Teachers as well as cultural, religious and community leaders have also been targeted in the latest crackdown “in an effort to diminish Rohingya history, culture and knowledge”, the report said.

“Efforts were taken to effectively erase signs of memorable landmarks in the geography of the Rohingya landscape and memory in such a way that a return to their lands would yield nothing but a desolate and unrecognizable terrain,” it added.

During the briefing on the report, a senior UN human rights official called on Myanmar leader Aung San Suu Kyi to stop the violence and discrimination against the Rohingya.

“Our ask of Aung San Suu Kyi is certainly to immediately stop the violence,” Jyoti Sanghera, head of the Asia and Pacific region of the UN human rights office.

Sanghera voiced concern that Rohingya who have fled to Bangladesh might be “incarcerated or detained” on return to Myanmar, where she said they lacked citizenship and other civil and political rights.

More than 10,000 Rohingya Flee to Bangladesh since Monday, Says UNHCR

Rohingya

More than 11,000 Rohingya Muslim refugees have arrived in Bangladesh from Myanmar on Monday in a new surge, said the United Nations refugee agency citing Bangladesh border guards.

“We’re back in a situation of full alert as far as influxes are concerned. It is a big increase to see 11,000,” Adrian Edwards, spokesman for the UN High Commissioner for Refugees (UNHCR), told a news briefing in Geneva on Tuesday.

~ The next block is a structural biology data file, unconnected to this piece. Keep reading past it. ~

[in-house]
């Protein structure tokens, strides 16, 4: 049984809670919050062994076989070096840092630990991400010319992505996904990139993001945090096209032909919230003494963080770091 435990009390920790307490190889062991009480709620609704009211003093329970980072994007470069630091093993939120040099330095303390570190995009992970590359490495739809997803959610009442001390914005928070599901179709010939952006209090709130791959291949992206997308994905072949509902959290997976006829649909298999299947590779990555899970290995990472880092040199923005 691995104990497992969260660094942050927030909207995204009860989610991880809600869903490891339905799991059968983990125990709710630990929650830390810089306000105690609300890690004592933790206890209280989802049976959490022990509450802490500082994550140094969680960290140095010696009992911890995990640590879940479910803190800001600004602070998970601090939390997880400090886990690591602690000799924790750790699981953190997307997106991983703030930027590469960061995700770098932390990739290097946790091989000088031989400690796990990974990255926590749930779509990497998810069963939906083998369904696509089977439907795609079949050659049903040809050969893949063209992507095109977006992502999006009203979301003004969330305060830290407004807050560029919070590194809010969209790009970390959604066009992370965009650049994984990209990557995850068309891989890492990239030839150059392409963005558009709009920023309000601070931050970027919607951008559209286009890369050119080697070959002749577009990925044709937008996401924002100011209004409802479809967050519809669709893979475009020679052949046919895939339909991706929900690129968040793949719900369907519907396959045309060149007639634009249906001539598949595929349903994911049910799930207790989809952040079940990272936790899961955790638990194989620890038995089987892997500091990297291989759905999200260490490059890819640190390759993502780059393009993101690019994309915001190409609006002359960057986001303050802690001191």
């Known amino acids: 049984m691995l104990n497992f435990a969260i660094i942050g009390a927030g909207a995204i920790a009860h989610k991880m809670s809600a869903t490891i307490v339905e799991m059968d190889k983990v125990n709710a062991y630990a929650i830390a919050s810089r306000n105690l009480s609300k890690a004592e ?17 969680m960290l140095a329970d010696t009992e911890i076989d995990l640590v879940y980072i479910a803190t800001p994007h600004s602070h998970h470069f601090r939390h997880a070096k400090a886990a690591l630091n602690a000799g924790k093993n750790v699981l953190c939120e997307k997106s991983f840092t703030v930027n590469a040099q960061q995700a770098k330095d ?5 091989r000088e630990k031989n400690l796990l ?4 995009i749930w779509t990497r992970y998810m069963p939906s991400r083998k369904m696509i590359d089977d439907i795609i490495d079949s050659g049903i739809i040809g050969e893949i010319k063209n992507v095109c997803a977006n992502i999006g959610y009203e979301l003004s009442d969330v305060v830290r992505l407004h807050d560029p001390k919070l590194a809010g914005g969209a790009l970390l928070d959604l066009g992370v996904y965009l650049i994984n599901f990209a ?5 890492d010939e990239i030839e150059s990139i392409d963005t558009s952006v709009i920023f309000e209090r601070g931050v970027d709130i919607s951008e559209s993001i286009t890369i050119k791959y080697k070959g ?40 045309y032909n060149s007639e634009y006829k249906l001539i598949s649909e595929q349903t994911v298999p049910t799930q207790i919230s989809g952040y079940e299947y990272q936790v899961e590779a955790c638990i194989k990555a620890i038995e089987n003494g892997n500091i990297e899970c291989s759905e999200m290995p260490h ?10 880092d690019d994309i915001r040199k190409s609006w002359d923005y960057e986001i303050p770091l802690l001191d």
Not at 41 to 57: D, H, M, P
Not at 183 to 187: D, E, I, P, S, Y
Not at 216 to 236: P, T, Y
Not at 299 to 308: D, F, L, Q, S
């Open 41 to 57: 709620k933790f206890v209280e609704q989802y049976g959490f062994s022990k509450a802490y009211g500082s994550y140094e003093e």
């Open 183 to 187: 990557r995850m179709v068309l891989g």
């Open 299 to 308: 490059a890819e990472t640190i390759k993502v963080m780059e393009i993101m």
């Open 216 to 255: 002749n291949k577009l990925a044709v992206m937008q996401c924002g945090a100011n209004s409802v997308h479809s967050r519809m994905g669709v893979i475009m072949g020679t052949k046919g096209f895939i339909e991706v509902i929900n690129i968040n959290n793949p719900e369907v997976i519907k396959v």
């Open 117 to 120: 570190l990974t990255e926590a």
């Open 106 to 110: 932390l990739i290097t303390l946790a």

“We have had big numbers coming across by the day over the six weeks of this emergency. So we are back up to approaching some of those peak arrivals. Clearly we have to be prepared for more arrivals,” he said.

Many of the refugees are reported to come from the Buthidaung area in Myanmar’s northern Rakhine state, which is 20-25 kilometers east of Maungdaw.

“Some said they had fled torching and killings back home; one boy was seen with a big gash across his neck,” Edwards said.

“We don’t know at the moment what is driving this,” he added. “Some of these people have fled their homes several days ago and in some cases two weeks ago, so they moved towards the border before coming across.”

There are also indications of more recent problems.